An increasing number of patients with vestibular schwannomas (VSs) are being treated with radiosurgery. Treatment failure or secondary regrowth after radiosurgery, however, has been observed in 2%–9% of patients. In large tumors that compress the brainstem and in patients who experience rapid neurological deterioration, surgical removal is the only reasonable management option.
The authors evaluated the relevance of previous radiosurgery for the outcome of surgery in a series of 28 patients with VS. The cohort was further subdivided into Group A (radiosurgery prior to surgery) and Group B (partial tumor removal followed by radiosurgery prior to current surgery). The functional and general outcomes in these 2 groups were compared with those in a control group (no previous treatment, matched characteristics).
There were 15 patients in Group A, 13 in Group B, and 30 in the control group. The indications for surgery were sustained tumor enlargement and progression of neurological symptoms in 12 patients, sustained tumor enlargement in 15 patients, and worsening of neurological symptoms without evidence of tumor growth in 1 patient. Total tumor removal was achieved in all patients in Groups A and B and in 96.7% of those in the control group. There were no deaths in any group. Although no significant differences in the neurological morbidity or complication rates after surgery were noted, the risk of new cranial nerve deficits and CSF leakage was highest in patients in Group B. Patients who underwent previous radiosurgical treatment (Groups A and B) tended to be at higher risk of developing postoperative hematomas in the tumor bed or cerebellum. The rate of facial nerve anatomical preservation was highest in those patients who were not treated previously (93.3%) and decreased to 86.7% in the patients in Group A and to 61.5% in those in Group B. Facial nerve function at follow-up was found to correlate to the previous treatment; excellent or good function was seen in 87% of the patients from the control group, 78% of those in Group A, and 68% of those in Group B.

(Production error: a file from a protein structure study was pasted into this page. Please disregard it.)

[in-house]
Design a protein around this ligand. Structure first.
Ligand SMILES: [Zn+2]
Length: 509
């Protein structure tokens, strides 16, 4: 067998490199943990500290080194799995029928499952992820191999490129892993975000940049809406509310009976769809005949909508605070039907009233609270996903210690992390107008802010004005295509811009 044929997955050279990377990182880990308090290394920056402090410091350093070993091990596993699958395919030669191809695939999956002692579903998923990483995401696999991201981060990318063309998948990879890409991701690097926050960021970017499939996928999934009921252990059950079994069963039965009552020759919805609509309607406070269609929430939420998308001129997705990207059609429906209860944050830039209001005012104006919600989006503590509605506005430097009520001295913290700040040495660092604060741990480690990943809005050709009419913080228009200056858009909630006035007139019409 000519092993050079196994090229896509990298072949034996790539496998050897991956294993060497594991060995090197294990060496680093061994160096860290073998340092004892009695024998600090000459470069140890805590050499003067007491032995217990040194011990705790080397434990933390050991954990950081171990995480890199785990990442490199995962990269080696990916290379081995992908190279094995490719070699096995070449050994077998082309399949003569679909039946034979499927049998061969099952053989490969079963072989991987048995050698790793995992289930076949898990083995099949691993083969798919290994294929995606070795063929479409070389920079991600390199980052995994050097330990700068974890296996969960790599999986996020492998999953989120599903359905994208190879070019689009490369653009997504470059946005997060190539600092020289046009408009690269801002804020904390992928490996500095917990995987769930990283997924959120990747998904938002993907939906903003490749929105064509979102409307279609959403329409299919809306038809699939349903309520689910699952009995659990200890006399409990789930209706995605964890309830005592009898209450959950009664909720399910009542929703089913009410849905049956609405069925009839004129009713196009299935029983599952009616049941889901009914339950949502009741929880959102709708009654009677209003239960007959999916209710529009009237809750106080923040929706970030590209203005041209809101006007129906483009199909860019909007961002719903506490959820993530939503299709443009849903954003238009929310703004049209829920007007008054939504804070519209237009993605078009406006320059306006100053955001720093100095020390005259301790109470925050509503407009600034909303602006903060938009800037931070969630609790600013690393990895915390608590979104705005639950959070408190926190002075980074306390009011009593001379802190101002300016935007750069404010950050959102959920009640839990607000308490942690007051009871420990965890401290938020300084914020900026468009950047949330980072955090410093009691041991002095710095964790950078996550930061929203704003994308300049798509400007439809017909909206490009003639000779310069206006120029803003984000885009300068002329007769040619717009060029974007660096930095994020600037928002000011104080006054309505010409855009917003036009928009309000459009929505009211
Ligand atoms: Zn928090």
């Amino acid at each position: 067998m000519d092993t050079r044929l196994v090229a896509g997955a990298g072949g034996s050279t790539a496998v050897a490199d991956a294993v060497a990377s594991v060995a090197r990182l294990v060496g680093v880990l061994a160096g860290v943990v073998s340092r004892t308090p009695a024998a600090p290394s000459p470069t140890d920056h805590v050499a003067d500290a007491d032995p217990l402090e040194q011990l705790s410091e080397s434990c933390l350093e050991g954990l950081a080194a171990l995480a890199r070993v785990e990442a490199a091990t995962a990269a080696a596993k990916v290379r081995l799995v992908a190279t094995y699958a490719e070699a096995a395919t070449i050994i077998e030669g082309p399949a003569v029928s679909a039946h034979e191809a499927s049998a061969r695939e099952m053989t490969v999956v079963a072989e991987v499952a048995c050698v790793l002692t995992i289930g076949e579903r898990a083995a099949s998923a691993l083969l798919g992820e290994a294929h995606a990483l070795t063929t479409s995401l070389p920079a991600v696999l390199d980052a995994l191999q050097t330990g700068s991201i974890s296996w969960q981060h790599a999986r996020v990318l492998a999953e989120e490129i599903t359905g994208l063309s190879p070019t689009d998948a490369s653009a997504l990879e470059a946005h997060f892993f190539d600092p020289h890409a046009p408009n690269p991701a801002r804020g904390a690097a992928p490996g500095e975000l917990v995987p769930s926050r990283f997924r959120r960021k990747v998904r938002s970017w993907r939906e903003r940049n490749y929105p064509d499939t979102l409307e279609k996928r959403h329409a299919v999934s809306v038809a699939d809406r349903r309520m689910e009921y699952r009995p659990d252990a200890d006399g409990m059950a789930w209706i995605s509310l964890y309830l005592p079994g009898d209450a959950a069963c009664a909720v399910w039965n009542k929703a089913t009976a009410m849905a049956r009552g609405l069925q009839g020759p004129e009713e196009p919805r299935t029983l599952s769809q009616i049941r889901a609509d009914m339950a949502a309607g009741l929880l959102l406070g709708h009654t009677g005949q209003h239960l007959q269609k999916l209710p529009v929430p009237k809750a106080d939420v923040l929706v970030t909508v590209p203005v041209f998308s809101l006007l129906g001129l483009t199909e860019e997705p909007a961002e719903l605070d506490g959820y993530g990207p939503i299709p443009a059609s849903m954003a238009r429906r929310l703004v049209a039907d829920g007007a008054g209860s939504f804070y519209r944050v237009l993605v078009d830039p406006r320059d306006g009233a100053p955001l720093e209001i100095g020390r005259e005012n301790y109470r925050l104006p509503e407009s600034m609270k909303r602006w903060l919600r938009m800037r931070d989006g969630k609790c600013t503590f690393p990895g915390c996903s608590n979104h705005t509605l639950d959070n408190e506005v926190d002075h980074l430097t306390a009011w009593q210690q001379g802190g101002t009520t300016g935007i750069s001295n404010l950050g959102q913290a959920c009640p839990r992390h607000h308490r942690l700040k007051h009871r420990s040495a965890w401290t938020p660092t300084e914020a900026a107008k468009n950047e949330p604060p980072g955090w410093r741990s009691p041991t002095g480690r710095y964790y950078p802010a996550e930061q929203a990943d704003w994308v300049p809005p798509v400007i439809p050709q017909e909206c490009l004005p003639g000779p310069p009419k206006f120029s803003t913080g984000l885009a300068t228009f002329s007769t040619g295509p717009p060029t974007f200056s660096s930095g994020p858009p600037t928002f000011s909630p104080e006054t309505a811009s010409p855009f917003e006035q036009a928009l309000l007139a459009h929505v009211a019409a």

Complete microsurgical removal of VSs after failed radiosurgery is possible with an acceptable morbidity rate. The functional outcome, however, tends to be worse than in nontreated patients. Surgery after previous partial tumor removal and radiosurgery is most challenging and related to worse outcome.
Vestibular schwannomas are slow-growing tumors of the myelin-forming cells that cover cranial nerve VIII. The treatment options for patients with vestibular schwannoma include active observation, surgical management, and radiotherapy. However, the optimal treatment choice remains controversial.
We have reviewed the available data and summarized the radiotherapeutic options, including single-session stereotactic radiosurgery, fractionated conventional radiotherapy, fractionated stereotactic radiotherapy, and proton beam therapy.
The comparisons of the various radiotherapy modalities have been based on single-institution experiences, which have shown excellent tumor control rates of 91–100%. Both stereotactic radiosurgery and fractionated stereotactic radiotherapy have successfully improved cranial nerve V and VII preservation to >95%. The mixed data regarding the ideal hearing preservation therapy, inherent biases in patient selection, and differences in outcome analysis have made the comparison across radiotherapeutic modalities difficult. Early experience using proton therapy for vestibular schwannoma treatment demonstrated local control rates of 84–100% but disappointing hearing preservation rates of 33–42%. Efforts to improve radiotherapy delivery will focus on refined dosimetry with the goal of reducing the dose to the critical structures.
As future randomized trials are unlikely, we suggest regimented pre- and post-treatment assessments, including validated evaluations of cranial nerves V, VII, and VIII, and quality of life assessments with long-term prospective follow-up. The results from such trials will enhance the understanding of therapy outcomes and improve our ability to inform patients.